Supported by generous help from the Turnovsky Endowment Trust

James MacMillan conducts NZSO in his own and Cresswell’s music of the past twenty years

By , 09/05/2014

New Zealand Symphony Orchestra conducted by James MacMillan with Jonathan Lemalu (baritone)

Lyell Cresswell: The Clock Stops, settings of eleven poems by Fiona Farrell
James MacMillan: Woman of the Apocalypse
The Confession of Isobel Gowdie

Michael Fowler Centre

Friday 9 May, 6:30 pm

The second of the pair of concerts from the New Zealand Symphony Orchestra devoted to music of the past thirty years was a musical success, even though, again, it drew a smaller audience than the orchestra normally attracts. However, given the absence of any standard, familiar music in the programme, it was very encouraging, probably more than might be expected in most cities of comparable size in other parts of the world; and it won, particularly the final work, a noisy ovation with many bravos and a number coming to their feet.

Oddly, the programme note about Cresswell’s The Clock Stops didn’t refer directly to the subject of the poems – the physical and human impacts of the Christchurch earthquakes. It was chief executive Chris Blake’s foreword that mentioned Christchurch, though the language of the poems could easily be read as reflecting the disaster. The tone of the poems, each dealing in the most economical way with different aspects, found their ideal interpreter in the voice of Jonathan Lemalu, for it was the poetry that imposed itself on the composer’s imagination.

In fact, the music seemed to be constrained by the words, throughout the cycle. Not constrained perhaps, but giving rise to what sometimes seemed to me almost too detailed musical responses, and those responses were an orchestral canvas that was subtle, infinitely resourceful, surprising, loud, magically still.  Alongside the engrossing orchestral effects, the actual vocal line, often seeming rather in the nature of Sprechgesang, secondary to the less literal nature of non-vocal music which did the real work of expressing the wide-ranging experiences and emotions.  Each poem created its own unique sound world: ‘Fog’, with shimmering strings, under the image of ‘a woman waking’, while woodwinds echoed the words ‘The bird sings’, an image that returned later, as ‘the bird sings on a broken wall’.

In the poem ‘Map’, every word chiming on the short vowel ‘a’, supplied first an aggressive tone, and then the fragile sounds of two solo violins. The orchestra became transparent, movement absent, in ‘Lullabye’ with pizzicato strings and muted trumpet and Lemalu’s voice, in spite of his throat infection, shifted momentarily to a falsetto. In contrast, the image of ‘Downtown’ called Lemalu up staccato brass and then timpani as Lemalu’s voice coarsened in its low register. Two poems recalled the history of ancient cities that met either a violent end (Jericho) or disappeared under millennia of decay and conquest (Çatalhöyük in southern Anatolia).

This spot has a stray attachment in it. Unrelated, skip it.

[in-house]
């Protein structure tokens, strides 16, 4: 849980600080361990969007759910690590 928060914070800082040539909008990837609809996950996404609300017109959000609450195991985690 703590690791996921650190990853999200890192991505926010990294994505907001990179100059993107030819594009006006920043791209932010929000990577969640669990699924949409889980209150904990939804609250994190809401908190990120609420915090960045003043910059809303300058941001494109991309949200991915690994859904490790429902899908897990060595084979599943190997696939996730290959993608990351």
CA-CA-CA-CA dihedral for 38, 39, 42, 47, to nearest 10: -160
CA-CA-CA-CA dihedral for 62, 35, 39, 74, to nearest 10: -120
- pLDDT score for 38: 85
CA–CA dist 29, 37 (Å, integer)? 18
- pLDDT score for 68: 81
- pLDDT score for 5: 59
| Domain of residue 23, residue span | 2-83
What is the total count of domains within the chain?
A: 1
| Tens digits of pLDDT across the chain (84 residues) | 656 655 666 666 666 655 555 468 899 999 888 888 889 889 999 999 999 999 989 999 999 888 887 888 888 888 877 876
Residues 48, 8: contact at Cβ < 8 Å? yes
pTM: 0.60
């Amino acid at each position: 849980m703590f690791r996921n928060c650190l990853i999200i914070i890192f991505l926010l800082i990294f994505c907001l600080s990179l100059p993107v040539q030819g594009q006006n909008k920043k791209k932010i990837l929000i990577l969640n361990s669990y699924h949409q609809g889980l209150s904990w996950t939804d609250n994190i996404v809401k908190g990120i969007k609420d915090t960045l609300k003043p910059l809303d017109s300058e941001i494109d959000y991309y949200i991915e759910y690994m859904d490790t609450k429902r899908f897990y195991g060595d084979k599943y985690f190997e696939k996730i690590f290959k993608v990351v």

Each offered substance to the notion of time stopping, bringing the cycle to its strange end. The last words, ‘Tick, tock’, left one with a sense of futility in the face of human and terrestrial catastrophe.

The score called for an orchestra of great refinement and virtuosity, and MacMillan certainly found such an orchestra at hand.

Contrary to the announced programme, the interval was taken at that point and the two MacMillan works were played in the second half. That might have seemed tidy but it did not really serve the composer well. Though written twenty years apart (Gowdie in 1990 and Apocalypse in 2012), the fingerprints were similar. Cresswell’s scrupulous and discreetly used orchestral palette contrasted strikingly with the insistent and sometimes over-blown orchestration in MacMillan’s works.

MacMillan wrote that Woman of the Apocalypse was partly inspired by paintings ranging from Dürer and Rubens to Blake and Gustave Doré, each of whom treated the subject. Its five parts followed each other without break, each offering the reason for tempo and emotional contrast, like symphonic movements. Interest was held, up to a point, through the opportunities these pictorial-based ideas offered: battle, with ferocious timpani and side drums, brass and percussion fanfares, frantic scampering strings to depict the eagle’s wings, and finally her ascension to Paradise that ends with a sweeping Adagio-like passage. Yet the composer’s main concern seemed to be with the exploiting of orchestral colour and power, and while there were distinctive and striking passages and orchestral effects, in the end the work didn’t engage me emotionally, to leave a memorable musical impression.

The earlier work inspired by the torture and murder of Isobel Gowdie as a witch, with hideous barbarity in the 17th century engaged me rather more. It opens with haunting chords from clarinets, bassoons and horns before strings entered, evolving slowly in a way that was more recognizably symphonic. The brutality of her end, of course, provided the stuff of a more complex, agitated and drum-dominated narrative, though my notes remarked that the overwhelming intensity of the percussion, including three sets of drums/timpani at one point, was too much.  However, the intervening passages for violas and cellos, and then for celeste and tubular bells led to a calm, almost lyrical phase during which, rather movingly, the music simply fell away.

So I could understand how this work has gained renown, with many live performances and recordings.

However, at the concert’s end I found myself wondering whether larger numbers might come to a concert of new music if the programme had included one rather more familiar work of the past half century.

 

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